Drug-like properties were calculated using Lipinski’s rule of five, which proposes that molecules with poor permeation and oral absorption have molecular weights > 500, C logP > 5, more than 5 hydrogen-bond donors, and more than 10 acceptor groups [16, 17] Adherence with Lipinski’s rule of five as calculated using SWISSADME prediction (http://www.swissadme.ch/).

Determination of Active Sites

The amino acids in the active site of a protein were determined using the Computed Atlas for Surface Topography of Proteins (CASTp) (http://sts.bioe.uic.edu/castp/index.html?201l) and Biovia Discovery Studio 4.5. The determination of the amino acids in the active site was used to analyse the Grid box and docking evaluation results. Discovery Studio is an offline life sciences software that provides tools for protein, ligand, and pharmacophore modelling [18].

Molecular Docking

Ligand optimisation was performed by Avogadro version 1.2, with Force Field type MMFF94, and saved in .mol2 format. Autodock version 4.2 used for protein optimisation, by removing water and other atoms, and then adding a polar hydrogen group. Autodock 4.2 was supported by Autodock tools, MGL tools, and Rasmol. Autogrid then determined the native ligand position on the binding site by arranging the grid coordinates (X, Y, and Z). Ligand tethering of the protein was performed by regulating the genetic algorithm (GA) parameters, using 10 runs of the GA criteria. The docking analyses were performed by both Autodock 4.2, Pymol version 1.7.4.5 Edu and Biovia Discovery Studio 4.5.

Results

Table 1 shows the structures and amino acids found in the active site pockets of 6LU7 and 2GTB. 6LU7 is the main protease (Mpro) found in COVID-19, which been structured and repositioned in PDB and can be accessed by the public, as of early February 2020.

2GTB is the main protease found in the CoV associated with the severe acute respiratory syndrome (SARS), which can be accessed in PDB and was suggested to be a potential drug target for 2019-nCov [6]. Xu et al. (2020) mentioned that the main protease in 2019-nCov shares 96% similarity with that in SARS.

Table 1. Protein target structures and active site amino acids (Biovia Discovery Studio 4.5, 2019) and the native ligand structure

Ligands and several drug candidate compounds have been previously selected, based on adherence to Lipinski’s rule of five. The selected ligands that did not incur more than 2 violations of Lipinski’s rule could be used in molecular docking experiments with the target protein. The drug scanning results (Table 2) show that all tested compounds in this study were accepted by Lipinski’s rule of five.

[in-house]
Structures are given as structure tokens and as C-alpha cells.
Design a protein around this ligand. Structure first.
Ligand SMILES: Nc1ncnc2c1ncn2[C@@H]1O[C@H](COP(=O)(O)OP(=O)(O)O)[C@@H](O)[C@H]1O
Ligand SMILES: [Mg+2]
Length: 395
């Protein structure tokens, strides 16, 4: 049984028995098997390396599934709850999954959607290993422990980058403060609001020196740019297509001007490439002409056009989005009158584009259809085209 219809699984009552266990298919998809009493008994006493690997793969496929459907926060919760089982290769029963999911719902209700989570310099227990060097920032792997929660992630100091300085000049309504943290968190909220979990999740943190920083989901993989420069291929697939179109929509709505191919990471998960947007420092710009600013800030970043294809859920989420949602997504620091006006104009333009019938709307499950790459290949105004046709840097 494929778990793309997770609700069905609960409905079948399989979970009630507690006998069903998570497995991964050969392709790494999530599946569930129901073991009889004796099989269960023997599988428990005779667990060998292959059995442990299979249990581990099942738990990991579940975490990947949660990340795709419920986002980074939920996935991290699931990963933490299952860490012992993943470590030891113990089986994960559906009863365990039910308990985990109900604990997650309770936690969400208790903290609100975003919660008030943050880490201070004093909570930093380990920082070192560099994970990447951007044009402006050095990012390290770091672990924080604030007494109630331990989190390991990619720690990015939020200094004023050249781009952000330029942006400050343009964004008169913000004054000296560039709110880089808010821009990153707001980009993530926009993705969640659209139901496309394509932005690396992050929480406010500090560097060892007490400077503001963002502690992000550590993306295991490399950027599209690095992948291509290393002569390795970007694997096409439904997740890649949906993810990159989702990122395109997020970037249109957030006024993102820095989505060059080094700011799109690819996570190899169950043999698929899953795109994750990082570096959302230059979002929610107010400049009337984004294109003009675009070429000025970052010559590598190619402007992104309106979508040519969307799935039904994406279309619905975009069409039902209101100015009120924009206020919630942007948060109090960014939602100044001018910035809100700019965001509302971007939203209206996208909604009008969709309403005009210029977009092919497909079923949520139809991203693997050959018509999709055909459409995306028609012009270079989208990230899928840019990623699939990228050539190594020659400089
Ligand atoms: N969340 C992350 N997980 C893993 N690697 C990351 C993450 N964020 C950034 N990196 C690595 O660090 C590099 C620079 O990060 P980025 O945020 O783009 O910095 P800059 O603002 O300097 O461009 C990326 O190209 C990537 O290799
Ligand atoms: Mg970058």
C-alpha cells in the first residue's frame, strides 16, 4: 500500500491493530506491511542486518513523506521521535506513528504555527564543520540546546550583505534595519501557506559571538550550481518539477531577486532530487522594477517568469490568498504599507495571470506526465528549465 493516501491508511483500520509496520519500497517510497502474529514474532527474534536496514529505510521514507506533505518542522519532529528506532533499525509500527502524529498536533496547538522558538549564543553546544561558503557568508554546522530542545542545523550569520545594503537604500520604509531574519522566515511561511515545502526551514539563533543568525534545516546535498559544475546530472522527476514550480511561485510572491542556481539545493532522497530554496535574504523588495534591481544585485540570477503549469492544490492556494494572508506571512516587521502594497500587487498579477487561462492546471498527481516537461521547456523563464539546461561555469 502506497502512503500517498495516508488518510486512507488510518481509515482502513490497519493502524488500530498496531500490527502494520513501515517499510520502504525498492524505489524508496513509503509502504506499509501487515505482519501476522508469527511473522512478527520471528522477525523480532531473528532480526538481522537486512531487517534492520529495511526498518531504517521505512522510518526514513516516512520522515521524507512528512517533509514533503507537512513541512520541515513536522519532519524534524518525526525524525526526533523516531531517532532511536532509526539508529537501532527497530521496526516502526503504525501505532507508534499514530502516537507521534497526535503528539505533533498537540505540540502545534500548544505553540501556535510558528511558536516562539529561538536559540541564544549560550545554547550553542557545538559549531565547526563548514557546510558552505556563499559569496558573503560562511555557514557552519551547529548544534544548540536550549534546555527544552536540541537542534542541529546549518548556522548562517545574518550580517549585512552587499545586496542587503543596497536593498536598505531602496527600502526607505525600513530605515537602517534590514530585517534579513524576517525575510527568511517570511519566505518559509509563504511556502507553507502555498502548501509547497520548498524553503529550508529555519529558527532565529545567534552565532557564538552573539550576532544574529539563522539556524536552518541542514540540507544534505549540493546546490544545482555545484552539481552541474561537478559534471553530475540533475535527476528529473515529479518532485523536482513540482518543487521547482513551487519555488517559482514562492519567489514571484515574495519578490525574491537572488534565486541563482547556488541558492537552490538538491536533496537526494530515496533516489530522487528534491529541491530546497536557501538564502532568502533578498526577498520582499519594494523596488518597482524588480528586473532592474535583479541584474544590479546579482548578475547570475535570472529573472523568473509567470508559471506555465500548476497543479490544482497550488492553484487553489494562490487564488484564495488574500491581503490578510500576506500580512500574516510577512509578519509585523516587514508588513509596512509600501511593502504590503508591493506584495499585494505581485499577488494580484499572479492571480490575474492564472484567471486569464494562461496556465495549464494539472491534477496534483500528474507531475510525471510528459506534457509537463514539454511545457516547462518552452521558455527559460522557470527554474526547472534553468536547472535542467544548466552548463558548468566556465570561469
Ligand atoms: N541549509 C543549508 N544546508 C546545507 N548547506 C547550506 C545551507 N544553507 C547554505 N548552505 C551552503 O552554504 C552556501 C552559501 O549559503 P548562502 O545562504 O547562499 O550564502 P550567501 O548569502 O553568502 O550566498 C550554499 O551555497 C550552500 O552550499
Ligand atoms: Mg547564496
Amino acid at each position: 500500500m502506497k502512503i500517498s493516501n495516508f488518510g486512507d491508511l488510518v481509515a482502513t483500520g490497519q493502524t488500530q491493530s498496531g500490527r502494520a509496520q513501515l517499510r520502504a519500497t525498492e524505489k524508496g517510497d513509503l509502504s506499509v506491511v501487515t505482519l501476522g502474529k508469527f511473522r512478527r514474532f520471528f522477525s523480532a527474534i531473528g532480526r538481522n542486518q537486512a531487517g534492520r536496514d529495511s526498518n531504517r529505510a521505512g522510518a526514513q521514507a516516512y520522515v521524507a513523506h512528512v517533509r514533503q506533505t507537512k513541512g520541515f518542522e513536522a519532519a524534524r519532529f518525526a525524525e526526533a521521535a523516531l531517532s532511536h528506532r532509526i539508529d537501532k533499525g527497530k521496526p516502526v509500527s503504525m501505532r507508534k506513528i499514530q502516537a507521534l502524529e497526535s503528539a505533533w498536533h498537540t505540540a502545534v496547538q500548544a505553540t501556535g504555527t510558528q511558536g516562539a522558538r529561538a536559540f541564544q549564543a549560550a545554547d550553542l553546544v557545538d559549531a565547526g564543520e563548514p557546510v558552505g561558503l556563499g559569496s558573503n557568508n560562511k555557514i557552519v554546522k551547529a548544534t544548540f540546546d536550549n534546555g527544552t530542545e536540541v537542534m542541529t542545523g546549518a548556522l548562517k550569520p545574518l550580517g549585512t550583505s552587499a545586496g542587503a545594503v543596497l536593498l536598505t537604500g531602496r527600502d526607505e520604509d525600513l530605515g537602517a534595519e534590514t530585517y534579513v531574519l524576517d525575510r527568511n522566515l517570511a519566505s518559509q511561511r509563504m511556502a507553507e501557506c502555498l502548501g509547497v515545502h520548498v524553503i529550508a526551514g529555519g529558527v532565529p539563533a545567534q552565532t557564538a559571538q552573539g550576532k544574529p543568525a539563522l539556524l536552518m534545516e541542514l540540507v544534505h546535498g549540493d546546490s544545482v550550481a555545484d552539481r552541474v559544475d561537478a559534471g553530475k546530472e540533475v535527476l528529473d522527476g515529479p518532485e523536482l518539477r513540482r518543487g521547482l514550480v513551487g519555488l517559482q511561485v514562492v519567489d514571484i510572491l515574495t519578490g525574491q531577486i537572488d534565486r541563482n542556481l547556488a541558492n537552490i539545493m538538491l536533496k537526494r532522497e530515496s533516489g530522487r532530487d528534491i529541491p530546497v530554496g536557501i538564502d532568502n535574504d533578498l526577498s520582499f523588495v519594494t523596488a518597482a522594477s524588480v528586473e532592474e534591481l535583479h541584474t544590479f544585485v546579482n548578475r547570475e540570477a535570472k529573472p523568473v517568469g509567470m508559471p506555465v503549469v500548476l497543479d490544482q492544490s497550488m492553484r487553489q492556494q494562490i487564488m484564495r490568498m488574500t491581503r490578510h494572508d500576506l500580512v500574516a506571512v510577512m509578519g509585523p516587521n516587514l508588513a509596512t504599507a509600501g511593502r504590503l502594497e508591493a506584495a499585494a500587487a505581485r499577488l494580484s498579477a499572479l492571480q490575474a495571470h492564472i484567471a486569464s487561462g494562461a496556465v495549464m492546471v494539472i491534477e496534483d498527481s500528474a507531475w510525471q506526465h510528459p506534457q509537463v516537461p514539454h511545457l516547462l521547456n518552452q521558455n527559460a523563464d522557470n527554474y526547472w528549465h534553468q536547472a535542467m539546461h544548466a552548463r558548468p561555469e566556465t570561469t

Discussion

Coronaviruses (CoVs) belong to a group of viruses that can infect humans and vertebrate animals. CoV infections affect the respiratory, digestive, liver, and central nervous systems of humans and animals [19]. The present study focused on the main proteases in CoVs (3CLpro/Mpro), especially PDB ID 6LU7, as potential target proteins for COVID-19 treatment. 6LU7 is the Mpro in COVID-19

that has been structured and repositioned in PDB and has been accessible by the public since early February 2020. The Mpro of 2019-nCov shares 96% similarity with the Mpro of the SARS-CoV [6, 20]. The Mpro in CoV is essential for the proteolytic maturation of the virus and has been examined as a potential target protein to prevent the spread of infection by inhibiting the cleavage of the viral polyprotein [13]. The discovery of the Mpro protease structure in COVID-19 provides a great opportunity to identify potential drug candidates for treatment.

Proteases represent potential targets for the inhibition of CoV replication, and the protein sequences of the SARS-CoV Mpro and the 2019-nCoV Mpro are 96% identical, and the active sites in both proteins remain free from mutations. The Mpro amino acids Thr24, Thr26, and Asn119 are predicted to play roles in drug interactions [21].

The disruption of protease activity can lead to various diseases; thus, commonly, host proteases can be used as potential therapeutic targets. In many viruses, proteases play essential roles in viral replication; therefore, proteases are often used as protein targets during the development of antiviral therapeutics [22].